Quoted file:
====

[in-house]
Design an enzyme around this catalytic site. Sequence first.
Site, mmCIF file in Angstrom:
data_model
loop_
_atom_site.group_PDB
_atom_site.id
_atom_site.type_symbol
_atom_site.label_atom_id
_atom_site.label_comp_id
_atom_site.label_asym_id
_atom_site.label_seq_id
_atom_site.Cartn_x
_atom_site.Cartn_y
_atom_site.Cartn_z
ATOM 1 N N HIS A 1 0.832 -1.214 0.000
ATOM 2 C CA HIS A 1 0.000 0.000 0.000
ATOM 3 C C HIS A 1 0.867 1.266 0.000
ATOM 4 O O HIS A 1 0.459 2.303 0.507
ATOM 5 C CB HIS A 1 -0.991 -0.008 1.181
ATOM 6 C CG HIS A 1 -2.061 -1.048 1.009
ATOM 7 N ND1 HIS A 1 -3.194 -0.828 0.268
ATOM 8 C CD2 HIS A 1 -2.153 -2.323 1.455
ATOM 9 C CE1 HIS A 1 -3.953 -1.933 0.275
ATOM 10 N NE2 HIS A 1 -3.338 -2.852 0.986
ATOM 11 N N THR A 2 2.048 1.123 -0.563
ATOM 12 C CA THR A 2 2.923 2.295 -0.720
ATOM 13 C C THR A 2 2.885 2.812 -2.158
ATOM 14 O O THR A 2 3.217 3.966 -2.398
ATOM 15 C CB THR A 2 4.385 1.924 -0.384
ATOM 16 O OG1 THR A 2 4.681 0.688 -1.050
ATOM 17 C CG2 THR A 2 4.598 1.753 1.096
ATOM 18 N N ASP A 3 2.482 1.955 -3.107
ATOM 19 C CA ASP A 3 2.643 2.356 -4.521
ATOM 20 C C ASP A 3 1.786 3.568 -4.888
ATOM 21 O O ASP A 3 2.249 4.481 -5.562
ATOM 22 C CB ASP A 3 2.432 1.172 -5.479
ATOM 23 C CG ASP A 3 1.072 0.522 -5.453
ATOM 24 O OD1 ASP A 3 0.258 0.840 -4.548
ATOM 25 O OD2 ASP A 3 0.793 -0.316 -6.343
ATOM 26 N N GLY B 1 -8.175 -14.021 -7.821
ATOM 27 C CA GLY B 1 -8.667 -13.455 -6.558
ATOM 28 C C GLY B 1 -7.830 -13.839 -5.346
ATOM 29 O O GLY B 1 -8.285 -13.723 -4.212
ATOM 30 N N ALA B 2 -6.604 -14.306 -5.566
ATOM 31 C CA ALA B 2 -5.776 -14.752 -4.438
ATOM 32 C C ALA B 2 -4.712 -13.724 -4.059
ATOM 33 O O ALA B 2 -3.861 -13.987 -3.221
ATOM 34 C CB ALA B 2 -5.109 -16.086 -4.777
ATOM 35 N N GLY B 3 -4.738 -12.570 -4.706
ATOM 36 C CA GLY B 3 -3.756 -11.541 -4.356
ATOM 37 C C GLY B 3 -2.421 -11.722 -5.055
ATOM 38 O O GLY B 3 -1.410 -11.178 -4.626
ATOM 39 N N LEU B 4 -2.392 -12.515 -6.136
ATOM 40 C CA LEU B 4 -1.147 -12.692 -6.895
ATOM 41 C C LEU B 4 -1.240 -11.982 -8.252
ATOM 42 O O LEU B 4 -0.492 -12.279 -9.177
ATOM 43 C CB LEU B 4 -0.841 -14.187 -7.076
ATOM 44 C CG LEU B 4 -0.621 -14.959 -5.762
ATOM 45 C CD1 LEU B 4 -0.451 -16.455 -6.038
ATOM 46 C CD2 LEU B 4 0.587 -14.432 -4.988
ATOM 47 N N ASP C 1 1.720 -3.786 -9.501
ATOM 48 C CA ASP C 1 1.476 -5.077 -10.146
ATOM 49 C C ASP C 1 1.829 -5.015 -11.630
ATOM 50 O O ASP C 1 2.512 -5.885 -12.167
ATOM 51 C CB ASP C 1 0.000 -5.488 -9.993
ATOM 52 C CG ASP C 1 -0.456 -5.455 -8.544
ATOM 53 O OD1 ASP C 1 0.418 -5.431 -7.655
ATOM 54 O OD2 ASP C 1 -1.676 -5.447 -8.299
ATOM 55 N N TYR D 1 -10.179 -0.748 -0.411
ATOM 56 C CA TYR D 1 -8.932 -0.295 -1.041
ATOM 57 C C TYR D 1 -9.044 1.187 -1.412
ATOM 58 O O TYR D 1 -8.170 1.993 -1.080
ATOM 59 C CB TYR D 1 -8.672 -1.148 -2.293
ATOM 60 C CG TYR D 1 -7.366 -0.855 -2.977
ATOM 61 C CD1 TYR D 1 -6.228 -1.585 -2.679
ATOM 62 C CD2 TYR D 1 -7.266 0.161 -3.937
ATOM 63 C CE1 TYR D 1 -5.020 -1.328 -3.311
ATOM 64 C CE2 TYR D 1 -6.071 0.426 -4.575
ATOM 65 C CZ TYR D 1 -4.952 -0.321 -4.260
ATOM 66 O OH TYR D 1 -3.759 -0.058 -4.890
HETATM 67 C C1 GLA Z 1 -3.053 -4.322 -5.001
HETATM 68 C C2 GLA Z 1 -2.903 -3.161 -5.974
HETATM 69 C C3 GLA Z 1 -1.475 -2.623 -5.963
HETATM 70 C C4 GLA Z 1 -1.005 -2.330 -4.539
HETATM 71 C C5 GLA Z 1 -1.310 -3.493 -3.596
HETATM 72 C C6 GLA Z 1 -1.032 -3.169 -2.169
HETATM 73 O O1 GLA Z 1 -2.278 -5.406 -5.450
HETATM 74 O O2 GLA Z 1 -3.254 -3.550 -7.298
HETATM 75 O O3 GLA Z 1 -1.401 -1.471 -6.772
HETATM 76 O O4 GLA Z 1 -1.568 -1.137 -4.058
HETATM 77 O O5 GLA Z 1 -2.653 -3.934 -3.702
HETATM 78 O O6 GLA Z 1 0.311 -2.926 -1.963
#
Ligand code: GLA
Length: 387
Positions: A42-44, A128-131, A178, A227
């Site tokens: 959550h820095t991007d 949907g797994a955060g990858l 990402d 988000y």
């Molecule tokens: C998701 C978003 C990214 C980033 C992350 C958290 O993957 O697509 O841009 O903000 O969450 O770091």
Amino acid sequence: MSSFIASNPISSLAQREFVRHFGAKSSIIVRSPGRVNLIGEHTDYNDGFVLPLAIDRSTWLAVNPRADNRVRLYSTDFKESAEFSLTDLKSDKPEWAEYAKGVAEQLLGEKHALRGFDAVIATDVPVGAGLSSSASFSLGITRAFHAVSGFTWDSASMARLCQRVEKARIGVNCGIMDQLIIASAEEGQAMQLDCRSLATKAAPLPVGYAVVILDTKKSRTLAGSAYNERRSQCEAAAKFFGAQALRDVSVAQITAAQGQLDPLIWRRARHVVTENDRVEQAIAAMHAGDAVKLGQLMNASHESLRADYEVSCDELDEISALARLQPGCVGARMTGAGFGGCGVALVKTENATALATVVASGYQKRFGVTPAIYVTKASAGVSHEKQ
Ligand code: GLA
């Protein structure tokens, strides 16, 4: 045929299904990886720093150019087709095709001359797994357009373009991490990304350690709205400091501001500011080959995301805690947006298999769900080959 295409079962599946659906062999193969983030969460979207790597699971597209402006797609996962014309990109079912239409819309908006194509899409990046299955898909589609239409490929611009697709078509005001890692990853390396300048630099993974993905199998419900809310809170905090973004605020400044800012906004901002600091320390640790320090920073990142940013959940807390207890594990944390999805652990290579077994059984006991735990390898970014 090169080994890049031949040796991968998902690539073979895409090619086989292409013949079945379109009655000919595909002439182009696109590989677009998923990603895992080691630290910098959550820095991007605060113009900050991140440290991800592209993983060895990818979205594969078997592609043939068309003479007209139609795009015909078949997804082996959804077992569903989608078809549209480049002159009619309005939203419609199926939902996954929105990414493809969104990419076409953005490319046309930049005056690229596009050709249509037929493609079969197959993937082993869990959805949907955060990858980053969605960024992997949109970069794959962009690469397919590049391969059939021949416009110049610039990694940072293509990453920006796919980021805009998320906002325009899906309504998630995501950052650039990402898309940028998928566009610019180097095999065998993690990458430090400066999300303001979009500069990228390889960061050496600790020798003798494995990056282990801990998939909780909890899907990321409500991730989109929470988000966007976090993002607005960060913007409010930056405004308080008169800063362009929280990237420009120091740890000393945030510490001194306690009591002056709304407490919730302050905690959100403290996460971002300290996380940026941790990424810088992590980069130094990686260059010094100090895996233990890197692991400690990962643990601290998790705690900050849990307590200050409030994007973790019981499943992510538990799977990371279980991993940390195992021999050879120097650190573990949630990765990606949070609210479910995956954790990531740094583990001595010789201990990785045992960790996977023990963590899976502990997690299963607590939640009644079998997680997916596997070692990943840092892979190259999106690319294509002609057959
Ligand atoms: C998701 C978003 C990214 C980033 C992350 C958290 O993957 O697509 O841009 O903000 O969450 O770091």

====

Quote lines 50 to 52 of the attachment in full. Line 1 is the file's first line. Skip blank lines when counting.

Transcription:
ATOM 35 N N GLY B 3 -4.738 -12.570 -4.706
ATOM 36 C CA GLY B 3 -3.756 -11.541 -4.356
ATOM 37 C C GLY B 3 -2.421 -11.722 -5.055